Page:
CHL Leaders: Steve Ferry enjoying life in financial services in Cayman Islands



Steve Ferry’s five seasons in the Ontario Hockey League gave him an early taste of success.

Beginning in the 2004-05 campaign, Ferry was a part of a London Knights squad that pieced together a record-setting 31-game unbeaten streak in a season that ultimately culminated in the franchise’s first-ever Memorial Cup championship.

“I was just back in London for an alumni event a couple months ago and I was talking to (co-owners) Dale and Mark (Hunter), and I didn’t appreciate at all what I had there in who I was playing with,” Ferry told Junior Hockey Magazine as part of its CHL Leaders segment. “I remember a couple years later when I was playing on some losing teams just how good it was (in London) and how automatic it was that we were going to win. It was either win or it was a failure. That was kind of the attitude that they had.”

Shipped to Sarnia during the 2005-06 campaign, Ferry spent the final four seasons of his OHL career with the Sting before moving on to the University of Windsor, where he suited up for the varsity Lancers for another four years while also obtaining his bachelor of commerce and economics.

Following graduation, Ferry was bit by the travel bug, and coupled with his educational background, it ultimately led him to his current position with PwC in the Cayman Islands, where today he serves as a senior associate.

“I just wanted to go somewhere,” Ferry explained. “PwC has offices in literally every country in the world. The Caribbean looked neat and I applied almost not even seriously, and within a couple of weeks they sent an offer.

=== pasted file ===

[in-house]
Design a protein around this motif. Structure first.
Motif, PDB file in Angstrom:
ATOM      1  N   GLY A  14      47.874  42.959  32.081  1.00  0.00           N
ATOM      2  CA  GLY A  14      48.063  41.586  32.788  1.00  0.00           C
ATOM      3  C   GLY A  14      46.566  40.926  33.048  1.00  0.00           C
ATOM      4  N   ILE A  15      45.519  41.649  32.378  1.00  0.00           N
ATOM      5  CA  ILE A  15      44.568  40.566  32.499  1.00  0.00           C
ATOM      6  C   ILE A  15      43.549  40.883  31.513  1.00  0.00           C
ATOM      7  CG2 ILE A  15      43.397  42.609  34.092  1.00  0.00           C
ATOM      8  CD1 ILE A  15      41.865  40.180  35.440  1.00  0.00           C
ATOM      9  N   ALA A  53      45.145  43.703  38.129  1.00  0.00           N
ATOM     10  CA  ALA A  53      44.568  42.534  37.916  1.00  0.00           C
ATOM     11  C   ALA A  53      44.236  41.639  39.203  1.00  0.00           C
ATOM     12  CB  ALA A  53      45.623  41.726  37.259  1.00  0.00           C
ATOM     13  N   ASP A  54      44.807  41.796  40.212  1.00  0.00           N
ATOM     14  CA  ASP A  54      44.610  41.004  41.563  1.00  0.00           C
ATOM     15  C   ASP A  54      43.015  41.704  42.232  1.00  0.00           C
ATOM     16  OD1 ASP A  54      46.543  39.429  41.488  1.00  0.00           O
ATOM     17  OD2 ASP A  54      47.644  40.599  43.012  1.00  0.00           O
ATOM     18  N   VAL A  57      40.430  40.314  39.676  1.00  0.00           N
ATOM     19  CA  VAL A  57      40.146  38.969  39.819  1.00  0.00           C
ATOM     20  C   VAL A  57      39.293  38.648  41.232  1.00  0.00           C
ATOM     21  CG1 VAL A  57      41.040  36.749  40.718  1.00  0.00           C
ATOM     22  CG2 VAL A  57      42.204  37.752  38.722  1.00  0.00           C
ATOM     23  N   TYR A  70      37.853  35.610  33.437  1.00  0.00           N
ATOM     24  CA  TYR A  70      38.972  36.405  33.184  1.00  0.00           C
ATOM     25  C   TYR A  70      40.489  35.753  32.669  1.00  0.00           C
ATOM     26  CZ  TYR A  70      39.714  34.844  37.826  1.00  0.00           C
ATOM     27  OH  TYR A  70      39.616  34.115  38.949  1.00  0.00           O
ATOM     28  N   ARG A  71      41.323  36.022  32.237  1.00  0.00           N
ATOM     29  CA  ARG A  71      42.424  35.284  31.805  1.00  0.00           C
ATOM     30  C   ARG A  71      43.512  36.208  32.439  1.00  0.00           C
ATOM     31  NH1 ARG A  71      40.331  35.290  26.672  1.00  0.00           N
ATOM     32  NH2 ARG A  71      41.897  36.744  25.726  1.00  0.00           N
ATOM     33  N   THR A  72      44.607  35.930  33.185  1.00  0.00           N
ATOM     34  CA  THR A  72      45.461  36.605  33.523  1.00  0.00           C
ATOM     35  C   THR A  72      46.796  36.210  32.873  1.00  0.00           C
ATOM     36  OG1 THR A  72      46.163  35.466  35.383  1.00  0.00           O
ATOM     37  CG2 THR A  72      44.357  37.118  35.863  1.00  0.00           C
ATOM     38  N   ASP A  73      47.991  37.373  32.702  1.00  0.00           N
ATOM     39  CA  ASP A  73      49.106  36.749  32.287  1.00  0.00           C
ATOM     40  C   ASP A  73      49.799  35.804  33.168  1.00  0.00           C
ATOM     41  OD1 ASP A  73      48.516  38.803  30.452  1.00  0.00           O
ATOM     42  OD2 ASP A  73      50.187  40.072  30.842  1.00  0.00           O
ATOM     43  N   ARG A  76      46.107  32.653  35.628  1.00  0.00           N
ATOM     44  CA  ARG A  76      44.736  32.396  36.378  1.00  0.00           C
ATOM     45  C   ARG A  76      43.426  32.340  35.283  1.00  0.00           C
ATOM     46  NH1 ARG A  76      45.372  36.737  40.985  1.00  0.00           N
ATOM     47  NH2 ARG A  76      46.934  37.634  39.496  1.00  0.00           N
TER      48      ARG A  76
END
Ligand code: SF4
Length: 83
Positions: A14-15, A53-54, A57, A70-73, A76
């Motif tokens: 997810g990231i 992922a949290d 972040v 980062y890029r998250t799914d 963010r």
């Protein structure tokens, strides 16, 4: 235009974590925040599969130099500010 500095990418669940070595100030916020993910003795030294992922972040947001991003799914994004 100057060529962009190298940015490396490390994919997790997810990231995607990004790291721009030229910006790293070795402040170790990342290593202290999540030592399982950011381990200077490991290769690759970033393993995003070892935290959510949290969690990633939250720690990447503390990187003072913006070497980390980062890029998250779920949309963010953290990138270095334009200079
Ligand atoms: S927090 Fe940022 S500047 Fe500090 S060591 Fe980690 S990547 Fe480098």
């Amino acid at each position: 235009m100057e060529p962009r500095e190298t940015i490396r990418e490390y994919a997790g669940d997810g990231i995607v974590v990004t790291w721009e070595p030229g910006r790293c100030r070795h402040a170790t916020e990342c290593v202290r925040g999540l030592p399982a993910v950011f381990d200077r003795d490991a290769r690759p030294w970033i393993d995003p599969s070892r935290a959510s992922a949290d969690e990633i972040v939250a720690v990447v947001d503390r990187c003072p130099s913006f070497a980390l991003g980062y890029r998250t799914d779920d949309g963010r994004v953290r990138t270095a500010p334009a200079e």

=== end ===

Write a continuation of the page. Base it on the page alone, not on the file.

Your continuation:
“I was at a point where I wasn’t quite sure what I was doing. I was just working hard every day and figured I’d go there with a year-and-a-half contract then come back and do things in Canada. But once I got here, it was a lot better than I expected.”

It’s an opportunity that Ferry realizes came to fruition thanks in part to his time in the CHL, where his five seasons earned him access to a generous scholarship program and the educational opportunities that followed.

“To be able to continue working toward hockey and getting a full university education that also got me a job right out of school was a great thing to have in my back pocket,” Ferry said. “It made the transition easier and it allowed me to keep pursuing hockey, but it also made it so that I’ve got something if it doesn’t work out and I don’t need the game of hockey to carry on my life.”

Listen to Steve Ferry’s full interview with Junior Hockey Magazine here.

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